We connect people with plants and each other

In Garden to Connect, we make the urban landscape greener and bring people closer to each nature and each other. Urban gardens are often expensive and resource intensive when using plant containers of steel, concrete or terracotta. Reusing plastic building waste saves money and resources. By upcycling discarded products, production of new plant containers are avoided, which helps to mitigate climate change.

Garden to Connect selected by the European Commission

The Festival of the New European Bauhaus is the new flagship event of the European Commission, aiming to bring together talents and ideas from all over Europe, which contribute to the accomplishment of the European Green Deal.

The Garden to Connect project was selected to become part of the mobile exhibition, situated in four central squares of Brussels. Thanks to everyone who showed up!

"If the European Green Deal has a soul, then it is the New European Bauhaus which has led to an explosion of creativity across our Union."

Ursula Von der Leyen, President of the European Commission

Upcycled pipes for kitchen gardening and community building in Rwanda

Rwanda has a long tradition for urban agriculture. At the same time, the rapid urbanisation and many ongoing water infrastructure projects result in installation waste that can potentially be reused for urban farming. Together with two local NGOs, we are currently developing a pilot project that turns waste into plant containers, available for all.

First prototype installed at Indaro Center

Indaro Center in Kigali, Rwanda is a place for children who go through difficulties in life. The aim of Indaro is to bring hope and create platforms for the new generation, as well advocating and protecting children’s rights in the local community. Through Garden to Connect, the children of Indaro learn about gardening and reuse of building materials.

Garden to Connect at The People’s Festival of Nature

The People’s Festival of Nature in Denmark is an annual celebration held since 2016 of everything nature has to offer and with 20,000 attendees. The festival centers around a public debate, where politicians, scientists, organizations, and the public unite to discuss and debate on a variety of issues and topics involving nature. At the 2022 edition of the festival, the Garden to Connect project taught festivalgoers how to build your own garden with scraps of plastic waste.

Pop-up gardens invite to creativity

Aarhus Festival is one of the largest cultural events in Northern Europe. Pop-up urban gardens made from upcycled PVC pipes were displayed at the 2021 Festival. The garden invited to creative decorations by festival goers and brought a green element to the cityscape.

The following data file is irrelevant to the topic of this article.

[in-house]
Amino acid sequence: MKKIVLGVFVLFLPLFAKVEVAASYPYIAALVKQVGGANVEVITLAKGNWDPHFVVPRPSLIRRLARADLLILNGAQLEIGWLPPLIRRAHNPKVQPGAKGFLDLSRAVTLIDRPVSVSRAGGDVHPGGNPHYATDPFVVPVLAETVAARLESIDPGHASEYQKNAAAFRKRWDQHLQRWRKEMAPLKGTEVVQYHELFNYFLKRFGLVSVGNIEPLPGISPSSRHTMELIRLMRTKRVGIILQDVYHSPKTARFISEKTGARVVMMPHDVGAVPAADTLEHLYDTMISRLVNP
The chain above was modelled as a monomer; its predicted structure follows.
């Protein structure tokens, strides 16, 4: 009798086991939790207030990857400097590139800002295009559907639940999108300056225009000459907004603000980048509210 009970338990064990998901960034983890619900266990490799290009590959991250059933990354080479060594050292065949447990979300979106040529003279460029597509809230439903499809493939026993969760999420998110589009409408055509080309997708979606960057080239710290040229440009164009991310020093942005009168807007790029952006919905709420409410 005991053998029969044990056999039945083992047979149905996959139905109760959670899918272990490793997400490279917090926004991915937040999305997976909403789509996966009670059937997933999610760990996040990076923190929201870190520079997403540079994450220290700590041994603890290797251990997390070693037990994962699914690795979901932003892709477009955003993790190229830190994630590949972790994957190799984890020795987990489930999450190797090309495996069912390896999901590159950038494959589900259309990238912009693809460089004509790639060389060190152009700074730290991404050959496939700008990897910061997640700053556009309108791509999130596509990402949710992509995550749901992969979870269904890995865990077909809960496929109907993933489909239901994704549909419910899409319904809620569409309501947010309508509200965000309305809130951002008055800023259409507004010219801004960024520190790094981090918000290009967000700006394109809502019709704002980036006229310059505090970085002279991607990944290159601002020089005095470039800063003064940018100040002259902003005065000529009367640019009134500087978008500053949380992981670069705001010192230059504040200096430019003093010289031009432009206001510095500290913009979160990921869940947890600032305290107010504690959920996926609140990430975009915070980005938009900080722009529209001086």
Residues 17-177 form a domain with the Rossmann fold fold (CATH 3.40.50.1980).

Medicinal plants grow in reused PVC

The beneficial effects of medicinal plants have been known for millennia. Now, users of the rehabilitation facility MarselisborgCenter in Aarhus, Denmark, and its many visitors, get the opportunity to see, touch, smell and taste some of the herbs. The scene is a small oasis in an area of ​​the center’s newly renovated park called The Immersion

Healing herbs help with rehabilitation 

The plants in the herb garden speak to all the senses: the sense of touch, the sense of smell, the sense of taste, the sense of hearing and the sense of sight. By touching and smelling a furry sage leaf, the memory can be activated, which can improve rehabilitation.

The garden is built with PVC pipe waste, which would otherwise have been sent to recycling. By reusing the pipes as plant containers, the life span of the material is extended. Sage, mint and a wide range of other medicinal herbs grow in the pipes. The climate-friendly approach to the garden fits in the overall climate vision for the renovation of the park, which in addition to being a recreational space is designed to handle increasing rainfall due to climate change.

 

 

Urban farming on the rise

In cities all over the world, city dwellers are getting into urban farming and grow crops locally on the terms of the city. The increasing share of the global population settling in urban areas is only reinforcing this trend. Urban agriculture is a natural consequence of urbanisation, which means that more and more of us live in cities. From high-tech vertical indoor growing systems in Singapore over rooftop gardens in Paris to traditional farming in Cuba, local food production will without a doubt become more and more important in the future.

Sustainable urban agriculture

Urbanisation is set to continue its rapid pace in the coming years. At the same time global population growth means there will be more mouths to feed. Usually, cities are built on prime agricultural land. This creates a potential conflict between two Sustainable Development Goals: SDG2 and its aims to end hunger, achieve food security and improve nutrition and promote sustainable agriculture, and SDG11 and its objectives of making cities inclusive, safe, resilient and sustainable.

Urban agriculture using PVC pipes contributes to a better trade-off between the two SDGs and help meet several other Sustainable Development Goals. Hydroponics, aeroponics, vertical farming and the other urban growth systems make cities more resilient and sustainable and can support development of green spaces. At the same it enables local food production that supports nutrition security and income generation.

 

Meet the team

Marianne Mikkelsen


Marianne Mikkelsen is project leader of Garden to Connect.

Betina Ringby


Betina Ringby is project leader of Garden to Connect Rwanda.